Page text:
Researchers at Health must follow AU’s basic principles and disclose all relevant relationships in the final publication or research communication, so that it is clear that the central principles have been complied with. As a minimum, the following must be stated:
In connection with publication of the results of a completed research project, the following applies:
In order to be able to obtain authorship for the scientific publication, the following minimum contribution must have been made:
1. Substantial contributions to the conception or design, data collection, analysis or interpretation of data, and
2. Substantial contributions to the drafting of the publication.
In addition, all authors must approve the final manuscript, which is submitted for peer review, as well as the final published version of the manuscript. Aarhus University expects anyone who acknowledges authorship to also assume responsibility for the scientific integrity of the work as a whole. The degree of responsibility of each author is assessed in relation to their individual role in the research project and in relation to their expertise, experience, seniority, supervisory role and other relevant factors, cf. AU’s policy for research integrity, freedom of research and responsible conduct of research.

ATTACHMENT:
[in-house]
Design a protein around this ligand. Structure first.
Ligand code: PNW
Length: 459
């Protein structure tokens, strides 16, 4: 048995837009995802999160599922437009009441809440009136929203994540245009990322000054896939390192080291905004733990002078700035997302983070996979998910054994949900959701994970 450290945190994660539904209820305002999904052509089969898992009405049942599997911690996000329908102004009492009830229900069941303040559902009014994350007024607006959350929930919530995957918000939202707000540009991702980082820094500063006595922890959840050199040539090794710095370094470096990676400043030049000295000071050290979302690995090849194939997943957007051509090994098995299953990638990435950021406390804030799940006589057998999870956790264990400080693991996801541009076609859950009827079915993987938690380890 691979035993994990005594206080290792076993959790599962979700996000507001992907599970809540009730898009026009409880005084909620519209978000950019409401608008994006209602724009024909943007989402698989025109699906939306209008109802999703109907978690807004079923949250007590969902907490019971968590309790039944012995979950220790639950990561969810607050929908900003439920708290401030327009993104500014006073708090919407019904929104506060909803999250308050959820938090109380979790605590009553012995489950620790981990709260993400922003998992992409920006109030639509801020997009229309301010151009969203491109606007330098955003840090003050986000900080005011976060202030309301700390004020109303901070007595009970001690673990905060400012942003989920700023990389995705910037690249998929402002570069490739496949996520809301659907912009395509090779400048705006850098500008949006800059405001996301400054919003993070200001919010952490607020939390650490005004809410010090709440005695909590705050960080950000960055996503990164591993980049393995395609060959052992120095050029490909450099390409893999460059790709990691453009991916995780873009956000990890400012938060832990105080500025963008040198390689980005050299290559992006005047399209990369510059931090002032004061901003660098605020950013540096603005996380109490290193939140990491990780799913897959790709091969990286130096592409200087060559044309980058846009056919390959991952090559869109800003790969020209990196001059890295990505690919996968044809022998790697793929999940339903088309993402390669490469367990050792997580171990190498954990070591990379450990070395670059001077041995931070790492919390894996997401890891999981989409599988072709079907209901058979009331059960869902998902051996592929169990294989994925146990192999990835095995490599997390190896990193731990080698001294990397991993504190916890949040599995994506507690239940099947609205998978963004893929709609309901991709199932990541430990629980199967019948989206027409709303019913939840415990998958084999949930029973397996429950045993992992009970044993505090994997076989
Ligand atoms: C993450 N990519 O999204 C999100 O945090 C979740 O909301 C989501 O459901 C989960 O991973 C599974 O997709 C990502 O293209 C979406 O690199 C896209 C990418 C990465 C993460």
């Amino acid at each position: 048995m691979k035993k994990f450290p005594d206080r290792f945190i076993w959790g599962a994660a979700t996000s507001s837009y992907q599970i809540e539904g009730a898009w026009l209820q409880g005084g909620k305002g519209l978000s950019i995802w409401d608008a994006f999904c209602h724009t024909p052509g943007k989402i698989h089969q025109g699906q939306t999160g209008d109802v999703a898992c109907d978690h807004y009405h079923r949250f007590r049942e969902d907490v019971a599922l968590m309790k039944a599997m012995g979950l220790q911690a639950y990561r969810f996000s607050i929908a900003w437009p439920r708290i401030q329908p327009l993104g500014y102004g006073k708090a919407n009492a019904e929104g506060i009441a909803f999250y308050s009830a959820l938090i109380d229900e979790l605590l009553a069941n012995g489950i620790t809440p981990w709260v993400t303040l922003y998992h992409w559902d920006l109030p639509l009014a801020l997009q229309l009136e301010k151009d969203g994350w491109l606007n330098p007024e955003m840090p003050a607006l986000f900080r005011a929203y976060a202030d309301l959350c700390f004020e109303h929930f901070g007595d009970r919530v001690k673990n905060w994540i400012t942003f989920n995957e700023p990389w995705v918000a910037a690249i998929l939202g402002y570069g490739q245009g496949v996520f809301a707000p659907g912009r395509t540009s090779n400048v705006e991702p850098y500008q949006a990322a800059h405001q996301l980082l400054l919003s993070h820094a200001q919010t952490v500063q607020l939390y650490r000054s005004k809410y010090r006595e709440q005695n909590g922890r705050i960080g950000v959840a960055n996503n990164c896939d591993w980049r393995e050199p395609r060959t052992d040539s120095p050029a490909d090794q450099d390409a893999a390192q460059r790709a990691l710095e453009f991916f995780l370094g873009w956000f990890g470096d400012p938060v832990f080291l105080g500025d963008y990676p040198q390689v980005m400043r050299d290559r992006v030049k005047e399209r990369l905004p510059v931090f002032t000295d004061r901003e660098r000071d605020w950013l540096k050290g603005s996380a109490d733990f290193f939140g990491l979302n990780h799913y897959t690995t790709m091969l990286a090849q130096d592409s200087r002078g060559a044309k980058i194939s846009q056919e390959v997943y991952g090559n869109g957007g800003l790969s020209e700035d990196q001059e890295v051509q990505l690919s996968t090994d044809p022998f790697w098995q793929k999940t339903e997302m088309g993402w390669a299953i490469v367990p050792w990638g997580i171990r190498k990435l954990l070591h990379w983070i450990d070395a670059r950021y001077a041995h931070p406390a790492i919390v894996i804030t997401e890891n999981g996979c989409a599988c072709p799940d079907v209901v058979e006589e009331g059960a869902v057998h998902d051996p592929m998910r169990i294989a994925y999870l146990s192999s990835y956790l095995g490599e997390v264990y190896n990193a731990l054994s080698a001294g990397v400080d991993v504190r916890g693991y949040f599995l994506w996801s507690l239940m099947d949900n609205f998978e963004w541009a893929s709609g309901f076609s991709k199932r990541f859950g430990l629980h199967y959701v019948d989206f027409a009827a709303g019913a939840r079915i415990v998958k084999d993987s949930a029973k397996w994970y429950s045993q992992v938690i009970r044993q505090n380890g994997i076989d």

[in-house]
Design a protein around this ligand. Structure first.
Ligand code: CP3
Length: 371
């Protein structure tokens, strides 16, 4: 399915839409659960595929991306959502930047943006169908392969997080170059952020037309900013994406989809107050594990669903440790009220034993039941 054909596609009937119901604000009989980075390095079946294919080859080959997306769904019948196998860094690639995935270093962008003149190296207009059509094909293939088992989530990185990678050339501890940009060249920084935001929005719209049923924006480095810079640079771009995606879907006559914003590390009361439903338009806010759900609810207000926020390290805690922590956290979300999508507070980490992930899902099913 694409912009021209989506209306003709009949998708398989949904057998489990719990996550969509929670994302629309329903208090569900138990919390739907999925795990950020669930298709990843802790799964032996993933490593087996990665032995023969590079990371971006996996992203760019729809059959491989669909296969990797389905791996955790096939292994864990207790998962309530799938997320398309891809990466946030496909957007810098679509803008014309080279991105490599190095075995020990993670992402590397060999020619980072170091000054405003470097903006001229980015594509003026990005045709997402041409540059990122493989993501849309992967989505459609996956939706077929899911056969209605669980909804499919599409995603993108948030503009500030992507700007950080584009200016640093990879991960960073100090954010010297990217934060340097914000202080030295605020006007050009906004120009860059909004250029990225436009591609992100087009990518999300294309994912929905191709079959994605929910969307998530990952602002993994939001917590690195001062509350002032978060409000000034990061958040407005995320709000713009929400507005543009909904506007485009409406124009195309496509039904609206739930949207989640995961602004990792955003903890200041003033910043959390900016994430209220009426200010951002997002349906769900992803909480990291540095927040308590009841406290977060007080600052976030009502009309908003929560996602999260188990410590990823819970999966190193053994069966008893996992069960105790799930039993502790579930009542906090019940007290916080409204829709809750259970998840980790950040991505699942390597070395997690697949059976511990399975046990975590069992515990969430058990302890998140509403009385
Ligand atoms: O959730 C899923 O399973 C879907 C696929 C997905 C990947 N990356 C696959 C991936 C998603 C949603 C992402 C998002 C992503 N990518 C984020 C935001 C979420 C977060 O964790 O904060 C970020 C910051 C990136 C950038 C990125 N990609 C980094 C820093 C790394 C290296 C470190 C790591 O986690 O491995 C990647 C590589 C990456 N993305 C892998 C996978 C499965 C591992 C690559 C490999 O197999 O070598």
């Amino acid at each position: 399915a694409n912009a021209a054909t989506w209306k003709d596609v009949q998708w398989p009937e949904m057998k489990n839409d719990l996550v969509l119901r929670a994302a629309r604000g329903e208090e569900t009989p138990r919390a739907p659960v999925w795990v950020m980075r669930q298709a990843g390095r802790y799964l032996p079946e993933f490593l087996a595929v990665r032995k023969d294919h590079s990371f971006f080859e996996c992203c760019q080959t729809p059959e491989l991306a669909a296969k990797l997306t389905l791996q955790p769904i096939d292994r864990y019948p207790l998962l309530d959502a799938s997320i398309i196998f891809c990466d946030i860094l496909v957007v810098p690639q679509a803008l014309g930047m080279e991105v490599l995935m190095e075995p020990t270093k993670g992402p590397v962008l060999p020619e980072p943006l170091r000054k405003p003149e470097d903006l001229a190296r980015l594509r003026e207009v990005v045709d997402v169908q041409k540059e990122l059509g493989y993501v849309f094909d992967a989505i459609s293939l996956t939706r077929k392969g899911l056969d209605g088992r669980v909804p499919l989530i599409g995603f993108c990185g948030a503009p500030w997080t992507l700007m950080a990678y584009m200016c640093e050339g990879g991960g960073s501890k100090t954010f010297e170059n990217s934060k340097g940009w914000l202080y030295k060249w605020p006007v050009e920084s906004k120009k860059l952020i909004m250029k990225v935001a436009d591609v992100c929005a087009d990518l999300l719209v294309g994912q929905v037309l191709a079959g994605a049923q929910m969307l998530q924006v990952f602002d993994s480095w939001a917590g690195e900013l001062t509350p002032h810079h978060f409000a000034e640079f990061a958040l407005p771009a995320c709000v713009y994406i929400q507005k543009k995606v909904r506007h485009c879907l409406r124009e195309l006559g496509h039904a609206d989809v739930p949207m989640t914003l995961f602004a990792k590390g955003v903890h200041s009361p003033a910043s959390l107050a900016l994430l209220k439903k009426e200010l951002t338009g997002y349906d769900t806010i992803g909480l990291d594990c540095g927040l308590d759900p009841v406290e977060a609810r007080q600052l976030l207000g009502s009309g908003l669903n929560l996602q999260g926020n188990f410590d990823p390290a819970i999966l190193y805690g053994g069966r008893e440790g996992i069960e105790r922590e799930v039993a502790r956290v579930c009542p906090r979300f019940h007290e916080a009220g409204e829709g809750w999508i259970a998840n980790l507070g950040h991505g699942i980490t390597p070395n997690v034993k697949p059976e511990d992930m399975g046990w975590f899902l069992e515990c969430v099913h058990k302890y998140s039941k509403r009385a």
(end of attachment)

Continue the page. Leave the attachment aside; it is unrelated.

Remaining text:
Anyone who is credited as an author must fulfil the authorship criteria, and anyone who fulfils the authorship criteria must be credited as an author.
Relinquished authorship, ghost authorship, honorary authorship, guest authorship and planted authorship all constitute a breach of responsible conduct of research.
To increase the uniformity and improve the quality of the reporting of various types of studies, it is a good idea to consult the international guidelines in this area, which are available from the Equator network.
Conflicts of interest are situations in which researchers have financial or other interests that may compromise or influence their research findings. What is decisive in this regard is not whether the research is actually influenced by the conflict of interest, but that there are grounds for suspicion, well-founded or not, that it may have been, cf. the Basic principles for responsible conduct of research and research freedom in regard to collaboration with external parties. All authors must state any conflicts of interest. Conflicts of interest arise when authors or their institutions, reviewers or editors are affected by financial or personal interests, which may influence their judgement and give rise to bias. Potential conflicts of interest may be present even in cases in which an individual believes that an issue does not influence his or her work on a manuscript.
Editors and proof-readers may not work on their own manuscripts or manuscripts from their own organisation, and they should be completely independent of any private companies with interests in the area (economic, advisory board or similar). This rule is intended to ensure that no changes are introduced in the final proof of the manuscript without the approval of the authors.